Margaret Fishback

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Not to be confused with Margaret Fishback Powers, an author associated with the prose poem "Footprints".

Margaret Fishback

Margaret Fishback, later Margaret Fishback Antolini (March 10, 1900 – September 25, 1985), was a relatively well-published American poet and prose author from the late 1920s until the 1960s. Born in Washington, DC, she earned a degree from Goucher College before joining Macy's as a divisional advertising copywriter in 1926.[1] During the 1930s she was reputed to be the world's highest-paid female advertising copywriter.[2] She was published in The New Yorker, the New York Herald Tribune, and several well-known women's magazines.[3] According to a large collection of her papers held by Duke's Hartman Center for Sales, Advertising, and Marketing History, "Fishback contributed to advertising campaigns for Arrow Shirts, Borden's, Chef Boy-Ar-Dee, Clairol, DuPont, Gimbels, Great Atlantic & Pacific Tea Company (A&P), Hanes Hosiery, Martex, Norsk, Pabst Blue Ribbon, Seagram's, Simmons Beautyrest, and Wrigley, among several others."[4]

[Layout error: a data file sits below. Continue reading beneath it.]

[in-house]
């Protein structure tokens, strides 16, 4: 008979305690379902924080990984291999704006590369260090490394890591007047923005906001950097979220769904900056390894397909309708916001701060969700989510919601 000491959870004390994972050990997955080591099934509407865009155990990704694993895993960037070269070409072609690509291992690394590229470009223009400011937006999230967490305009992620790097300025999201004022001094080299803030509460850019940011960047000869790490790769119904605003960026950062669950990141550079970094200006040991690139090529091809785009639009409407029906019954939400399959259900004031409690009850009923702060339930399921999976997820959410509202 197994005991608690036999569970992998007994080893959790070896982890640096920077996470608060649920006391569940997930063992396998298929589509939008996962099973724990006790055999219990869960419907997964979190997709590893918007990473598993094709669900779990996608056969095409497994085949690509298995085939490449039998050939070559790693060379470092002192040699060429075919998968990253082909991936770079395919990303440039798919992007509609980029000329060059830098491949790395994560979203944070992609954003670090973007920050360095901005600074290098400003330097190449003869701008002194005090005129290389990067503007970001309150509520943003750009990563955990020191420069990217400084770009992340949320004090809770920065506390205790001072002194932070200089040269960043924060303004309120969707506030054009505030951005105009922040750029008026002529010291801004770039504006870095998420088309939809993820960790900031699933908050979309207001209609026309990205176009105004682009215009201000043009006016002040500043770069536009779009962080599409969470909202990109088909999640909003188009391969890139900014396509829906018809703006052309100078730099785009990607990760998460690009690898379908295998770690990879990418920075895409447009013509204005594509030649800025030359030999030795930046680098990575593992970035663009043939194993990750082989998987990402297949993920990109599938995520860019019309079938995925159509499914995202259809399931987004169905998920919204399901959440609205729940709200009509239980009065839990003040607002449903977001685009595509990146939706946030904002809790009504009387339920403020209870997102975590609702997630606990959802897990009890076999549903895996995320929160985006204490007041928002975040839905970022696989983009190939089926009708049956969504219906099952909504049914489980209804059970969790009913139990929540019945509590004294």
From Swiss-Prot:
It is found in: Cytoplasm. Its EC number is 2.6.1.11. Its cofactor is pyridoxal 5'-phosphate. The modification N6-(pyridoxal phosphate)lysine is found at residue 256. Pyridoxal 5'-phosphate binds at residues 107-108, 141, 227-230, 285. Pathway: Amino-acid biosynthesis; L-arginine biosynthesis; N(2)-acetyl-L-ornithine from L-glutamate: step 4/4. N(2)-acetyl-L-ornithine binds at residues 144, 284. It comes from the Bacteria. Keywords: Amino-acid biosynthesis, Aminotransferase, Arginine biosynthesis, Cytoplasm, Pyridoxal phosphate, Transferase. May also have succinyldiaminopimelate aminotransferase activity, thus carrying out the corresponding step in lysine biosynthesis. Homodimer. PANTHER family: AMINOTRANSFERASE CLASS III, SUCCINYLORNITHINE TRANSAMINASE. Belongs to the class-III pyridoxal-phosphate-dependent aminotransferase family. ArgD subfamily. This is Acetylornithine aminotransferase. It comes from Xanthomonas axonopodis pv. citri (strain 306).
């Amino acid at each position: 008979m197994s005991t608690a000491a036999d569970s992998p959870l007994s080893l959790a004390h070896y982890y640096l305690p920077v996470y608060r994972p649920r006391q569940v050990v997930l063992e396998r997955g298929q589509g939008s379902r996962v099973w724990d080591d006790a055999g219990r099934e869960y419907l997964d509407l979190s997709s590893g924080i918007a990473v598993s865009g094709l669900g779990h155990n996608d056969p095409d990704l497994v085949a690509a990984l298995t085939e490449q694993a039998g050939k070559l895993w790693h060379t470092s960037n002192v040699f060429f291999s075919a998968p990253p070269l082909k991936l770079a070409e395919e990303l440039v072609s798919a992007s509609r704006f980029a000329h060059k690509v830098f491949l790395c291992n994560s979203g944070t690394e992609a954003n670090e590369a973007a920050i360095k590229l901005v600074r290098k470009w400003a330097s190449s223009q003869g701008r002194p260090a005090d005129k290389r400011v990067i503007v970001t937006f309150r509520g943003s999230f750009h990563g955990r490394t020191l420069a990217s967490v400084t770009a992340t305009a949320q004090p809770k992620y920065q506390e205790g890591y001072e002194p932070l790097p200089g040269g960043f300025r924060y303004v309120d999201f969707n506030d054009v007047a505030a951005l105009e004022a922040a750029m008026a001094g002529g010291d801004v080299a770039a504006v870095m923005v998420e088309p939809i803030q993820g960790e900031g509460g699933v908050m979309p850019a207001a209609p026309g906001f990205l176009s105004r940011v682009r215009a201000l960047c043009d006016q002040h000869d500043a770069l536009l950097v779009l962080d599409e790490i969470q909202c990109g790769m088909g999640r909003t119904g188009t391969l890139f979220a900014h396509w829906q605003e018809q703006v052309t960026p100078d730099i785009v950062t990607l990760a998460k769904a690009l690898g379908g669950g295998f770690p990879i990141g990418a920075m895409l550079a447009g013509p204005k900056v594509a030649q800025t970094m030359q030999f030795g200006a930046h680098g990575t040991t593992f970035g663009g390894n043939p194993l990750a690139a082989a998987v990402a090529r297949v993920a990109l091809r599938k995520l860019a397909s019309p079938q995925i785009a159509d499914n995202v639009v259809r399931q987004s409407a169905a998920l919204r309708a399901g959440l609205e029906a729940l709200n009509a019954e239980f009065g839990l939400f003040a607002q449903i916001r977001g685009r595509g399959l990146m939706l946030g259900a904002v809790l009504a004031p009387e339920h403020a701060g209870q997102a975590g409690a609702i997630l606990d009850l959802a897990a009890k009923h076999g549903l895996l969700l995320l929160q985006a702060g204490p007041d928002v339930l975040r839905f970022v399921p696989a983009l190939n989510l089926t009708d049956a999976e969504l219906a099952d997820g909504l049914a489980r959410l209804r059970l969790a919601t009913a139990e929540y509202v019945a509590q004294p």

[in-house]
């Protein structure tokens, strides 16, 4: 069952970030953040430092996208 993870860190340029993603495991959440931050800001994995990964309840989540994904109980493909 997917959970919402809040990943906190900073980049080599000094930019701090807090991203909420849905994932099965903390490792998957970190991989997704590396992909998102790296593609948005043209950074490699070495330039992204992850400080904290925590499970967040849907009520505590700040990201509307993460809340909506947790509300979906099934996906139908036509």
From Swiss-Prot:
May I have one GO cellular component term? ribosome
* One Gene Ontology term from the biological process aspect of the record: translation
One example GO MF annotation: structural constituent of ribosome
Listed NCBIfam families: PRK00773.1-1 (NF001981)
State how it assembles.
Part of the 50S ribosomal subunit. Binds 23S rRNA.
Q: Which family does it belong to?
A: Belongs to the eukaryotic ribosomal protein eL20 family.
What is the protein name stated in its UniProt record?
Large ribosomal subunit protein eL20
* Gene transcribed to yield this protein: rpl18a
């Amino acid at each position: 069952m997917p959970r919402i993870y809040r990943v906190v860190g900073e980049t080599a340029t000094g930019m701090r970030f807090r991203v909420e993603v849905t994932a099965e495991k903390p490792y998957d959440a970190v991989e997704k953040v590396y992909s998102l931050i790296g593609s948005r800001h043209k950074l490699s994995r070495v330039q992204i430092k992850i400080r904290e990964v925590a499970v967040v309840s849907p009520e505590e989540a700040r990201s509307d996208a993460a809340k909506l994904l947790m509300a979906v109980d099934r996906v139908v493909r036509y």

Fishback died in Camden, Maine, at the age of 85.[5] Fishback was married to Alberto Gastone Antolini, the chief rug buyer for Macy's, from 1935 to 1956. They had one son.[6]


An extensive selection of Fishback's poetry first published in periodicals later appeared in book form. Among these collections were the following:

Fishback also wrote some books for children and collaborated with artist Hilary Knight to produce A Child's Book of Natural History (USA: Platt & Monk, 1969), a revision and extension of A Child's Primer of Natural History by Oliver Herford. She wrote a book of etiquette, Safe Conduct: When to Behave—And Why, and a humorous guide to parenthood under the title Look Who's a Mother! A Book About Babies for Parents, Expectant and Otherwise.


  1. ^ "Rooney, Kathleen, "Margaret Fishback Papers Depict an Illustrious Life," front&center, Fall 2007. (Accessed 24 February 2010)" (PDF). Archived from the original (PDF) on 3 March 2016. Retrieved 25 February 2010.
  2. ^ Goodman, Stanley, "Poetry of life came through during Depression," The News of Delray Beach, October 14, 1985. (Accessed 24 February 2010)
  3. ^ Writings Series, Margaret Fishback Papers, Rare Book, Manuscript, and Special Collections Library, Duke University.
  4. ^ The Margaret Fishback Papers, Rubenstein Rare Book and Manuscript Library, Duke University. (Accessed 19 January 2009)
  5. ^ "Margaret Fishback". Poetry Foundation Website. Retrieved December 4, 2016.
  6. ^ Biographical Data Subseries, Margaret Fishback Papers, Rare Book, Manuscript, and Special Collections Library, Duke University.

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